Appendix A: procedures for operating small groups via Zoom break out rooms


Please see this Zoom guide to breakout rooms for a video demonstration.

  • In Zoom, go to 'meeting settings' and then in 'advance settings', ensure that 'Breakout rooms' is enabled.

  • When you host the Zoom seminar, the 'Breakout' icon will be at the bottom of the screen.

  • Click the icon to begin using Breakout rooms. (Each small group will occupy 1 'room' and will only see the other students assigned to their 'room' once the setting is activated.)

  • A panel will show the list of all participating students and you will be invited to determine the number of rooms and whether you wish to have Zoom assign the students into groups automatically OR whether you will assign them manually.

  • Choose 'Create Breakout rooms'. (At this point, students are still in the plenary session.)

  • Click 'Open all rooms'. At this points, students will automatically be moved into their small group.

  • As the teacher (Zoom 'host'), you can

    • Move between 'rooms'

      • Broadcast a message to all participants, regardless of room.

      • 'Close all rooms', thereby returning all participants to the plenary

  • Students in the Breakout rooms can

    • Speak with each other

      • Share anything from their screens (Powerpoint, Word docs, etc.)

      • Work on a shared whiteboard

      • Leave the breakout room and return to the plenary at any point.

  • If desirable, the teacher can reopen the rooms using the same procedure as above.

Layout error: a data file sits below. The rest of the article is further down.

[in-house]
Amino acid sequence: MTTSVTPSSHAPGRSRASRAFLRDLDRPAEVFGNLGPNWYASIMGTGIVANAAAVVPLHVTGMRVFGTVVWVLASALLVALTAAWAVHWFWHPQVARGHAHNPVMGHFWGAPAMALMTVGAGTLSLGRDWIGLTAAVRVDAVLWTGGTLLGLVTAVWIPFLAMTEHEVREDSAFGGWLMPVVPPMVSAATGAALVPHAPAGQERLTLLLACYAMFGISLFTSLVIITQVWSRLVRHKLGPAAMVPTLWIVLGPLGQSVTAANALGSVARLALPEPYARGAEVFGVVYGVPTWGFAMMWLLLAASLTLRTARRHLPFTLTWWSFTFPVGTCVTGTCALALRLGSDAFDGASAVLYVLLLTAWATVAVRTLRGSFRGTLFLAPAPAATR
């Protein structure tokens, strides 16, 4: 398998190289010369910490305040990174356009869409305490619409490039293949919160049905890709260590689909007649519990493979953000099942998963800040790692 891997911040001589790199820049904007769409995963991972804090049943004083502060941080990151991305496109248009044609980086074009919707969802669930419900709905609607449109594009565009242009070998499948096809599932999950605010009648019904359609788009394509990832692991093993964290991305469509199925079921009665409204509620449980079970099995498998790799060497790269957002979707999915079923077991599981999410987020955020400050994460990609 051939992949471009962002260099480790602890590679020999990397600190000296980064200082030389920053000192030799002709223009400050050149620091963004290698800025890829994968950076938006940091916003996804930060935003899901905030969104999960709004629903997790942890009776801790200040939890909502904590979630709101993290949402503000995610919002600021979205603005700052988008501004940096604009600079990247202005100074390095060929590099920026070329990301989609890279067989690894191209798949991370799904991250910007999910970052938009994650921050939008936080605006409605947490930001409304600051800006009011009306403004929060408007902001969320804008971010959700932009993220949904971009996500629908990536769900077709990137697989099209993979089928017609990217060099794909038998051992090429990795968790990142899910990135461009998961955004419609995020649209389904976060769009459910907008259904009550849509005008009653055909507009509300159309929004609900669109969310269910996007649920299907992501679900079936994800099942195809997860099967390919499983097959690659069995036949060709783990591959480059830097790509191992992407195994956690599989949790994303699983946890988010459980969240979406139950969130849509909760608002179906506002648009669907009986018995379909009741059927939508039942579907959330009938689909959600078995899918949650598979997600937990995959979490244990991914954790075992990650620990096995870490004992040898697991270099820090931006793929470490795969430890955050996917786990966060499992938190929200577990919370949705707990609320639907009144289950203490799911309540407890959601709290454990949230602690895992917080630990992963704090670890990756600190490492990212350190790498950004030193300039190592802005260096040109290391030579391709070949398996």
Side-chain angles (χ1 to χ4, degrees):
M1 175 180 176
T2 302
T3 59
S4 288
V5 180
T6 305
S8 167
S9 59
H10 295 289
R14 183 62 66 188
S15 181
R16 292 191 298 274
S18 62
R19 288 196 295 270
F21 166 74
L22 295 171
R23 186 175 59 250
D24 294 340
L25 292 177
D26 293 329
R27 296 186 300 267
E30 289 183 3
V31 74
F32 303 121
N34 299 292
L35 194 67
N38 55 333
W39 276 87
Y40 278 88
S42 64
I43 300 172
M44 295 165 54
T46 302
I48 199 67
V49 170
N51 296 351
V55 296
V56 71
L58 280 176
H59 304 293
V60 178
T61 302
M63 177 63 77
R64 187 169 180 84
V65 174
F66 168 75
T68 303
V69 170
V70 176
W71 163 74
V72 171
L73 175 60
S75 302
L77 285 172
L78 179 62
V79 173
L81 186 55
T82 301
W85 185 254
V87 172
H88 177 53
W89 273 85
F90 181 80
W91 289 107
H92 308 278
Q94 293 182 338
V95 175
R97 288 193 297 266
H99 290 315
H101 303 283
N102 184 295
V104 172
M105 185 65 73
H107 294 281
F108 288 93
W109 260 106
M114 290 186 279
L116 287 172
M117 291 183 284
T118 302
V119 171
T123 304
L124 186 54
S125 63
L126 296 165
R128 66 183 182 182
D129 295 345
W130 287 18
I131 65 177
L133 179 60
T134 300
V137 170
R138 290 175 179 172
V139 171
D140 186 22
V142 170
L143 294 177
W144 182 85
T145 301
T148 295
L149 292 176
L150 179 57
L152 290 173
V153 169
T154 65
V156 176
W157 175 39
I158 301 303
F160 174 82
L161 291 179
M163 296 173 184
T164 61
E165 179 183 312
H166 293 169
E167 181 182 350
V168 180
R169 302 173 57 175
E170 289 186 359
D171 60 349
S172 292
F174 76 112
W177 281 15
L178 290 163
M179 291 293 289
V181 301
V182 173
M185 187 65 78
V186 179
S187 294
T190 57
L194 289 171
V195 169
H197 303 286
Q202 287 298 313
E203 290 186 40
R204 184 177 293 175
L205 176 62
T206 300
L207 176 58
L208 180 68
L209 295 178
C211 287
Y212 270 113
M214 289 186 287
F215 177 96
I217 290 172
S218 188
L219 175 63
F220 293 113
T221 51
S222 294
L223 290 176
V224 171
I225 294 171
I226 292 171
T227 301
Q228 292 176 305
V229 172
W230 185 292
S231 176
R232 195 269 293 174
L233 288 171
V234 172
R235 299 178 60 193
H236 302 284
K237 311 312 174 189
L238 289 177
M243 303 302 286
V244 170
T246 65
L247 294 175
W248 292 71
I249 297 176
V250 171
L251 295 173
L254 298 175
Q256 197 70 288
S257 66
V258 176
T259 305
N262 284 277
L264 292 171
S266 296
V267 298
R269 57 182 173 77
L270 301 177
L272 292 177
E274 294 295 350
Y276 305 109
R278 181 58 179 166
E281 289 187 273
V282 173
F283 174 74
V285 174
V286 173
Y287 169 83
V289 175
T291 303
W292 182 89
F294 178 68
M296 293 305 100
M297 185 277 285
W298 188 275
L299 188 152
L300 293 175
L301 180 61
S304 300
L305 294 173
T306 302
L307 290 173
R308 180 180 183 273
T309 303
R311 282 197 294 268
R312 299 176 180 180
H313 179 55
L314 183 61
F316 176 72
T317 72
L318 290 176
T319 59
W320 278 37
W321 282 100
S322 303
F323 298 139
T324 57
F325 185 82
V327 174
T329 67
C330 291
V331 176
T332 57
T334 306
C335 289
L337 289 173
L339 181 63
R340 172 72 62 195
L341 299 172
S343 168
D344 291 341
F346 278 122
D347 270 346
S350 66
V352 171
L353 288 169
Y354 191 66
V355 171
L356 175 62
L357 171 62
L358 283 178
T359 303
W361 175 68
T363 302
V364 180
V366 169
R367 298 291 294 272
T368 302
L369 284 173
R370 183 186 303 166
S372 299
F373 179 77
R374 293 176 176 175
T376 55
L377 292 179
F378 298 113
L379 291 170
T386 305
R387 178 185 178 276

Appendix B: Instructions to students for small group work in Zoom

(to be sent in advance of the seminar)
In our next online seminar, we will spend some of the session working in small groups.

  1. The activity will entail the following:


In groups of between 2-4 people, you will be asked to address one of the following questions/activity/problems:

  • Question 1/activity prompt

  • Question 2/activity prompt

  • Question 3/activity prompt

 

The group will have 10 minutes to discuss their question/task and come up with 3-4 key points to share with the plenary group in the feedback discussion.

  1. The broad procedure will be as follows:



  • We will spend the first 10-15 minutes in a plenary discussion in Zoom.

  • Then, I will assign students into groups. When that occurs, you will find yourselves in Zoom with your group only.

  • You will have the usual participant features: including video/audio and the ability to share your screen (including Powerpoint, Word documents, etc.) and chat via text.

  • I will visit each group to check how the activity is going.

  • You can also 'ask for help' and send a message to me.

  • You can leave the breakout room at any point and return to the plenary session.

  • With 2 minutes to go, I'll remind everyone to wrap up the discussion.

  • When the group activity time is up, I will close the breakout room and we will all be back in the plenary space.



  1. What to do in your small groups:



  • When everyone is the breakout room, please introduce yourselves to ensure that everyone can see and hear each other.

  • Please identify one person from your group who will take notes and report back during the whole group feedback session. There will be opportunities for the other group members to add further comments.

  • If you finish your task early, you can think about questions that you might have for your peers who are working on the other questions listed above.